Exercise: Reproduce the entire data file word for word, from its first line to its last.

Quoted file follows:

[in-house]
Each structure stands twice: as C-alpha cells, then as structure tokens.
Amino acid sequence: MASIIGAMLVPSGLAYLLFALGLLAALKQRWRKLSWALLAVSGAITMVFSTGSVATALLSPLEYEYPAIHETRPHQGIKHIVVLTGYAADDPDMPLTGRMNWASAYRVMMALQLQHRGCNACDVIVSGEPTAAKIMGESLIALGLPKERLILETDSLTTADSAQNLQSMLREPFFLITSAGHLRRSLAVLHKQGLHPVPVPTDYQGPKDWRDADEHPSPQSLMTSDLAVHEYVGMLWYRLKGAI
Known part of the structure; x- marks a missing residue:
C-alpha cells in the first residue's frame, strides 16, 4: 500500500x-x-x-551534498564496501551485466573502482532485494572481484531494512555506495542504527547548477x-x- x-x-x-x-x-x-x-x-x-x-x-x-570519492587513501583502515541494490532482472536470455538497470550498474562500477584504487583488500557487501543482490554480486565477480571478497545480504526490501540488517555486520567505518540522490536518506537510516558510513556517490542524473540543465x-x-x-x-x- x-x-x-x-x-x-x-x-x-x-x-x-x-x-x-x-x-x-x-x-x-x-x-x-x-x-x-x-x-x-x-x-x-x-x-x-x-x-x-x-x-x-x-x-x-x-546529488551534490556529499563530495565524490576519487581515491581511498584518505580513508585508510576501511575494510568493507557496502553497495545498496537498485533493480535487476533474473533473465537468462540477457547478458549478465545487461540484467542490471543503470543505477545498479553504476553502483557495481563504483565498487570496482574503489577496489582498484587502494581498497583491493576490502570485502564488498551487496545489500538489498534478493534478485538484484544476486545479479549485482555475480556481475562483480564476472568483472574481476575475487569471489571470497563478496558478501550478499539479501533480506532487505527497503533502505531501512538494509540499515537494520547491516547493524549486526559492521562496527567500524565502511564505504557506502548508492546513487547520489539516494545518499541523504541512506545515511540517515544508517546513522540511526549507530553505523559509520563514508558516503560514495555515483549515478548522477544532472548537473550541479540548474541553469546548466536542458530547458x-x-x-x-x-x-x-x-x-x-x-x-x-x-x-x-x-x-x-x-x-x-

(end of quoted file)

[in-house]
Each structure stands twice: as C-alpha cells, then as structure tokens.
Amino acid sequence: MASIIGAMLVPSGLAYLLFALGLLAALKQRWRKLSWALLAVSGAITMVFSTGSVATALLSPLEYEYPAIHETRPHQGIKHIVVLTGYAADDPDMPLTGRMNWASAYRVMMALQLQHRGCNACDVIVSGEPTAAKIMGESLIALGLPKERLILETDSLTTADSAQNLQSMLREPFFLITSAGHLRRSLAVLHKQGLHPVPVPTDYQGPKDWRDADEHPSPQSLMTSDLAVHEYVGMLWYRLKGAI
Known part of the structure; x- marks a missing residue:
C-alpha cells in the first residue's frame, strides 16, 4: 500500500x-x-x-551534498564496501551485466573502482532485494572481484531494512555506495542504527547548477x-x- x-x-x-x-x-x-x-x-x-x-x-x-570519492587513501583502515541494490532482472536470455538497470550498474562500477584504487583488500557487501543482490554480486565477480571478497545480504526490501540488517555486520567505518540522490536518506537510516558510513556517490542524473540543465x-x-x-x-x- x-x-x-x-x-x-x-x-x-x-x-x-x-x-x-x-x-x-x-x-x-x-x-x-x-x-x-x-x-x-x-x-x-x-x-x-x-x-x-x-x-x-x-x-x-x-546529488551534490556529499563530495565524490576519487581515491581511498584518505580513508585508510576501511575494510568493507557496502553497495545498496537498485533493480535487476533474473533473465537468462540477457547478458549478465545487461540484467542490471543503470543505477545498479553504476553502483557495481563504483565498487570496482574503489577496489582498484587502494581498497583491493576490502570485502564488498551487496545489500538489498534478493534478485538484484544476486545479479549485482555475480556481475562483480564476472568483472574481476575475487569471489571470497563478496558478501550478499539479501533480506532487505527497503533502505531501512538494509540499515537494520547491516547493524549486526559492521562496527567500524565502511564505504557506502548508492546513487547520489539516494545518499541523504541512506545515511540517515544508517546513522540511526549507530553505523559509520563514508558516503560514495555515483549515478548522477544532472548537473550541479540548474541553469546548466536542458530547458x-x-x-x-x-x-x-x-x-x-x-x-x-x-x-x-x-x-x-x-x-x-